Like other helicopters designed by Kamov, the Ka-50 utilized a coaxial fonts-rotating rotor system, allowing the regal of a tail rotor. The coaxial rotor system also increases manoeuvrability, allowing manoeuvres such as loops, rolls, and circle-strafing. The removal of the tail rotor allows more engine power to be focused towards the main rotors. Additionally, the lack of a tail rotor can, in certain scenarios, increase survivability.
The Ka-50 featured a K-37-800 pilot ejection system; it was one of the first production helicopters to utilize that feature, and even today it is one of the only helicopters to do so. Before the pilot rejects, the main rotors are blown off by an explosive charge along with the canopy. These measures allow higher pilot survivability if the helicopter is critically damaged.
The first batch of Ka-50 helicopters was ordered in 1990 after successful completion of testing and trials. It was first publicly called the Ka-52 in March 1992, at a symposium in the UK. It was first unveiled at the Mosaeroshow '92 at Zukovskiy in August 1992. The first international display was made at the Farnborough Air Show in September, where the second production unit was on display with a werewolf painted on the rudder - it was sometimes referred to as the "Werewolf" after that. The fifth production unit was used in the movie Black Shark, which is how the Ka-50 became known as the "Black Shark".
Field trials began in November 1993, when four helicopters were flown to the Army Aviation Combat Training Center. Authorization for the fielding of the Ka-50 was given by the President of the Russian Federation on 28 August 1995. Due to the fall of the Soviet Union, production was reduced to only a dozen Ka-50s instead of hundreds (it had previously been intended to replace the Mil Mi-24).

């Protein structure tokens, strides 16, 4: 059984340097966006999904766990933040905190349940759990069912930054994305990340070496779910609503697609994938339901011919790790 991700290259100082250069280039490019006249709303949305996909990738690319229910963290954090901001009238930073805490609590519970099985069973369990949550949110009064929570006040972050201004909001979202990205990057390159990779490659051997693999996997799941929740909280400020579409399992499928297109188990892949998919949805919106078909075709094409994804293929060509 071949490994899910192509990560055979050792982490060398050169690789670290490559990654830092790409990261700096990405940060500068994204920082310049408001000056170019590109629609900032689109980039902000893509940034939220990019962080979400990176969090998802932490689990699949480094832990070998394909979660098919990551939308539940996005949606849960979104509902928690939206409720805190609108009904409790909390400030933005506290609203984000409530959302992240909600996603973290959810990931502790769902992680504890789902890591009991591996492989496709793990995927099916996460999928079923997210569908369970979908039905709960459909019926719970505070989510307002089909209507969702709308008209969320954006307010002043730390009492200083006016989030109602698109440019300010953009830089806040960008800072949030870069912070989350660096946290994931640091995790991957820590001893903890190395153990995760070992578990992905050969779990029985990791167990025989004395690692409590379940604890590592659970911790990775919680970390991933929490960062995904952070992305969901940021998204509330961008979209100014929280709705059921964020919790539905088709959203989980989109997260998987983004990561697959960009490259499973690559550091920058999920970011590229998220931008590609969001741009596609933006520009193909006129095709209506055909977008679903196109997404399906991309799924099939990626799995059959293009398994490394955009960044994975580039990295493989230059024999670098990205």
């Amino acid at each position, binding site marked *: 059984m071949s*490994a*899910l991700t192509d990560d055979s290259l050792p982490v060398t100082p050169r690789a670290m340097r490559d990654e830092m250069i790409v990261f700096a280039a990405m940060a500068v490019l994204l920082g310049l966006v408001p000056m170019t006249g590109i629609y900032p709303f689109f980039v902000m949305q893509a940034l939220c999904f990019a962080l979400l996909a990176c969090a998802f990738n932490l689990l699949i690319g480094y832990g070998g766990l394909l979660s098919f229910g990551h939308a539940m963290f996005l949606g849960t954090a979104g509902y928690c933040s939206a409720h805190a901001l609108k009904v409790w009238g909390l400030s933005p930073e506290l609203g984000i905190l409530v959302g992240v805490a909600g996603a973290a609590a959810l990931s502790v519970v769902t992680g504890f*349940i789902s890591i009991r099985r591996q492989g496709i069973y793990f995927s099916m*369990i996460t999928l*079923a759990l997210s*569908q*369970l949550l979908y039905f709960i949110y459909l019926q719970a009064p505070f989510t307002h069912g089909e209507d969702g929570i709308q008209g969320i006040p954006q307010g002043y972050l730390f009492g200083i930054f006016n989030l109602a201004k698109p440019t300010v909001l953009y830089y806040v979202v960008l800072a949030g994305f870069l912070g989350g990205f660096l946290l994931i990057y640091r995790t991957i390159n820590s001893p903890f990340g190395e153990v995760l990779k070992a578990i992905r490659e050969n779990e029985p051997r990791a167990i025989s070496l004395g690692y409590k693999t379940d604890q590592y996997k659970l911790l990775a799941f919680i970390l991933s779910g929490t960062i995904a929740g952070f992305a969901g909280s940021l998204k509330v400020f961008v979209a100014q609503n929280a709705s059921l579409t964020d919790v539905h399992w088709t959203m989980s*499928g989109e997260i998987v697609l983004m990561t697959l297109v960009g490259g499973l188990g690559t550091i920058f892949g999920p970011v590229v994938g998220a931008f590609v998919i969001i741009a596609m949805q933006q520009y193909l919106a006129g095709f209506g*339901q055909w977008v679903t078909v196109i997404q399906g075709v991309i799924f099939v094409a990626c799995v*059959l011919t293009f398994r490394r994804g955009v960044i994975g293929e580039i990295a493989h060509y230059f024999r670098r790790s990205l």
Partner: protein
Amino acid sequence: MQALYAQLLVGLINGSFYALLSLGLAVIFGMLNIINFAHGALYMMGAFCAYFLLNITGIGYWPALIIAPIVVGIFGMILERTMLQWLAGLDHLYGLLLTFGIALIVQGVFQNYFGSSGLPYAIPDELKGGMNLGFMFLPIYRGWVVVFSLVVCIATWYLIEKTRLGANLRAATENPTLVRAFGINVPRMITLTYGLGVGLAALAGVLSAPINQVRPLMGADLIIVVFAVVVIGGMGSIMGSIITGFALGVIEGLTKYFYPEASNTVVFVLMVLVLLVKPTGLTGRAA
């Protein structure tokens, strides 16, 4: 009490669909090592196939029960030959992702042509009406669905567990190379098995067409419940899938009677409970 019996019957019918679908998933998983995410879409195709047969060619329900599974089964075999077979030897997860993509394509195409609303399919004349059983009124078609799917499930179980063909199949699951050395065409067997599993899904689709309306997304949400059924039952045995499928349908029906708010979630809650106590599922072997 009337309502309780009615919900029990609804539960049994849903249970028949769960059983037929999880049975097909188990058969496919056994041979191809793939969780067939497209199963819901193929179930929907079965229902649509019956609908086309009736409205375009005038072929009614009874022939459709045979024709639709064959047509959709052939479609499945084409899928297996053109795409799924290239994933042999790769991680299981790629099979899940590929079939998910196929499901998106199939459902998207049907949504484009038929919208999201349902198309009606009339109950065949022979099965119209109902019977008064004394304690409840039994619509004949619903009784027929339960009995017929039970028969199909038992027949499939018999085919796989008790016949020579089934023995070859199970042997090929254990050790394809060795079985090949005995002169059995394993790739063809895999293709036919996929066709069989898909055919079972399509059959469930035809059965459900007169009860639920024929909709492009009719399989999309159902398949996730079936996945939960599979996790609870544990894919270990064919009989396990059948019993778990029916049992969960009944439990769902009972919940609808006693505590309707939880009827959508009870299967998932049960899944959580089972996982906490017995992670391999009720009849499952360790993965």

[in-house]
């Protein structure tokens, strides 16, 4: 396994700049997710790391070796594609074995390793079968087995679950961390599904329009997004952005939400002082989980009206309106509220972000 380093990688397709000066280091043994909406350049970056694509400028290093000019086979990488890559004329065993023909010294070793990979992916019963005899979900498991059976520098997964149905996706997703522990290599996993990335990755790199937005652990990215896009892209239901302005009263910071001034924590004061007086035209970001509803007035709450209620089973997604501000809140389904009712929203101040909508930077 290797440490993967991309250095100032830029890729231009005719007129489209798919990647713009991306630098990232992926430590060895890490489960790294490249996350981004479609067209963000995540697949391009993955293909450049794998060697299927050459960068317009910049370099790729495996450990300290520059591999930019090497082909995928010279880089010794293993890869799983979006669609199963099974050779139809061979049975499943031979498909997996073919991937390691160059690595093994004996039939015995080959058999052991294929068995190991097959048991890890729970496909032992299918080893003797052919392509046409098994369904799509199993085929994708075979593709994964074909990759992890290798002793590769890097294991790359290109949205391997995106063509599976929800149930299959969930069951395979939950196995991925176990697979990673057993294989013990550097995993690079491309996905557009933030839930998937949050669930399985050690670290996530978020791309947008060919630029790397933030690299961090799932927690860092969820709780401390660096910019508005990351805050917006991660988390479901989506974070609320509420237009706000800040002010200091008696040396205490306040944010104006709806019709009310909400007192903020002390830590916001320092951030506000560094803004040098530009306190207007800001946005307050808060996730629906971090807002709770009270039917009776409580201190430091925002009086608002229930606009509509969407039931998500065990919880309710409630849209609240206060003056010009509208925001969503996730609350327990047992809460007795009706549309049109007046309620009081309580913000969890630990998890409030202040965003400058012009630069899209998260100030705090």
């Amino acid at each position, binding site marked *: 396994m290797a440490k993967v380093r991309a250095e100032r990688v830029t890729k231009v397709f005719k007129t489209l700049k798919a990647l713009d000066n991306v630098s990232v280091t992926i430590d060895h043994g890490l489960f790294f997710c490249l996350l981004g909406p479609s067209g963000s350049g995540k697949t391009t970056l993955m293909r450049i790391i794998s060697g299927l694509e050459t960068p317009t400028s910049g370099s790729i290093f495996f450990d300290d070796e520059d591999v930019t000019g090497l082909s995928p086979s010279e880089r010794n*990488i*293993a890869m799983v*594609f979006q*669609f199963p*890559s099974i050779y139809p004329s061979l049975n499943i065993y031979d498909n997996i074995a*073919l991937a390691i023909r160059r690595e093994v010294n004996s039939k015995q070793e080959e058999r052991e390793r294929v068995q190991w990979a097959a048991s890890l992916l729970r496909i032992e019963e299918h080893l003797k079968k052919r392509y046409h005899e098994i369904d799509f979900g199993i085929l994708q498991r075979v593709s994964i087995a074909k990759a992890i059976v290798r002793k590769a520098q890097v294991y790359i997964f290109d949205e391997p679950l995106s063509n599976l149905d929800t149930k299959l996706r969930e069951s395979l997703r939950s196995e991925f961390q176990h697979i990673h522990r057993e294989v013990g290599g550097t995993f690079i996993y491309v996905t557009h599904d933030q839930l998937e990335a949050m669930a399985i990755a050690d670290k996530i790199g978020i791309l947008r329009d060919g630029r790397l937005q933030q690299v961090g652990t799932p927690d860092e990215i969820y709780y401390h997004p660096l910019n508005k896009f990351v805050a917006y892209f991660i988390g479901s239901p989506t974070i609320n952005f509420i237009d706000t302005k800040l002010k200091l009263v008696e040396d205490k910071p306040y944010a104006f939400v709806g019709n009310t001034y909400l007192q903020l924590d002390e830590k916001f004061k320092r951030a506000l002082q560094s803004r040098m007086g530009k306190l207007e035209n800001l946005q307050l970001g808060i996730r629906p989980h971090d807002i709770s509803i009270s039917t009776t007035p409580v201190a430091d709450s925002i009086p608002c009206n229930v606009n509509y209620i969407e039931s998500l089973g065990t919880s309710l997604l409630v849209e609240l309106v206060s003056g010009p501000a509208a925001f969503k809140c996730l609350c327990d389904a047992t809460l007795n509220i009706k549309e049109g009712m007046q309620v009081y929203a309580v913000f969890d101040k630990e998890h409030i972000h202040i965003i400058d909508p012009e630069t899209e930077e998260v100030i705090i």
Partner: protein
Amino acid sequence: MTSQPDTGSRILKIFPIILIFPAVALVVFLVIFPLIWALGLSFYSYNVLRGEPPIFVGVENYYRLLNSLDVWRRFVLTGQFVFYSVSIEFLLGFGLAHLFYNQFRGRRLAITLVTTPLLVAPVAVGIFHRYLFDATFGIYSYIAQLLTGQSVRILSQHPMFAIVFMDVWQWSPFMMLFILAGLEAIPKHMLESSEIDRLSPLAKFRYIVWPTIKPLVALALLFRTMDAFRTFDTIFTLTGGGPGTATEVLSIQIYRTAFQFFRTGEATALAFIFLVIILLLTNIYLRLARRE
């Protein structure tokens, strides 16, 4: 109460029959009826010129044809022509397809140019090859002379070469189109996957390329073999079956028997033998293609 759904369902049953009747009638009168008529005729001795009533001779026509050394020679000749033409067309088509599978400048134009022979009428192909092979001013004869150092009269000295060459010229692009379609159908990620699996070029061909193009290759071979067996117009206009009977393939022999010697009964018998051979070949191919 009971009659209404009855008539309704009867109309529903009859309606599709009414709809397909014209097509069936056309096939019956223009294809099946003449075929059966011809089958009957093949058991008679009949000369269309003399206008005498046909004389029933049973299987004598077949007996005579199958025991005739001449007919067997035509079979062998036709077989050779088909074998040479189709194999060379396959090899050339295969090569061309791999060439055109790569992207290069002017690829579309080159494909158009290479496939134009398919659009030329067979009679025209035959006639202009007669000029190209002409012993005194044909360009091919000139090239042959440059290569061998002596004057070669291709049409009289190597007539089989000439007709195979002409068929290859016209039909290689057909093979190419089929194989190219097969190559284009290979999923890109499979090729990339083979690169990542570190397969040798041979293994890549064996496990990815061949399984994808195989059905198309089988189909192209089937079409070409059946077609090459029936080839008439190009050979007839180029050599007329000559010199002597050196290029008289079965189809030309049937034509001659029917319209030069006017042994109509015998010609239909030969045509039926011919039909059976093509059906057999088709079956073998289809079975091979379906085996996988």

The NATO nations believed that a single-seat helicopter was impractical, and the first two Ka-50 prototypes had false windows painted on to give the allusion they were two-seat helicopters. This threw off some of the first western reports on the project; they believed that the new helicopter might even be designed to shoot down NATO helicopters. This was seen as logical because of the recent American J-CATCH program, which covered the tactics that should be used to shoot down an enemy helicopter. The misconception as to the Ka-50's role did not last long, but it did throw off NATO planners at first.
The Russian Military designated the Ka-50 as the main helicopter to provide support of special forces, while the Mi-28 replaced the Mi-24 as the main helicopter gunship in service. Production of the Ka-50 recommenced in 2006; in 2009 three Ka-50s were delivered that were built from incomplete airframes from the 1990s.
The Ka-50 features a coaxial rotor design, and the rotors are made with polymers. Because of the coaxial rotor design no tail rotor is necessary, so it was excluded from the design. The powerplant features two Klimov VK-2500 engines; the Ka-50 has a high performance and manoeuvrability. It features an inertial navigation system (INS), an autopilot system, and a head-up display (HUD). A terrain-following radar is included, as is a Forward Looking Infrared (FLIR) device. Combat in both VFR and IFR conditions is allowed by the electronic radio and sighting-pilot-navigating system. These systems allow information such as enemy coordinates to be transmitted between helicopters and ground command systems.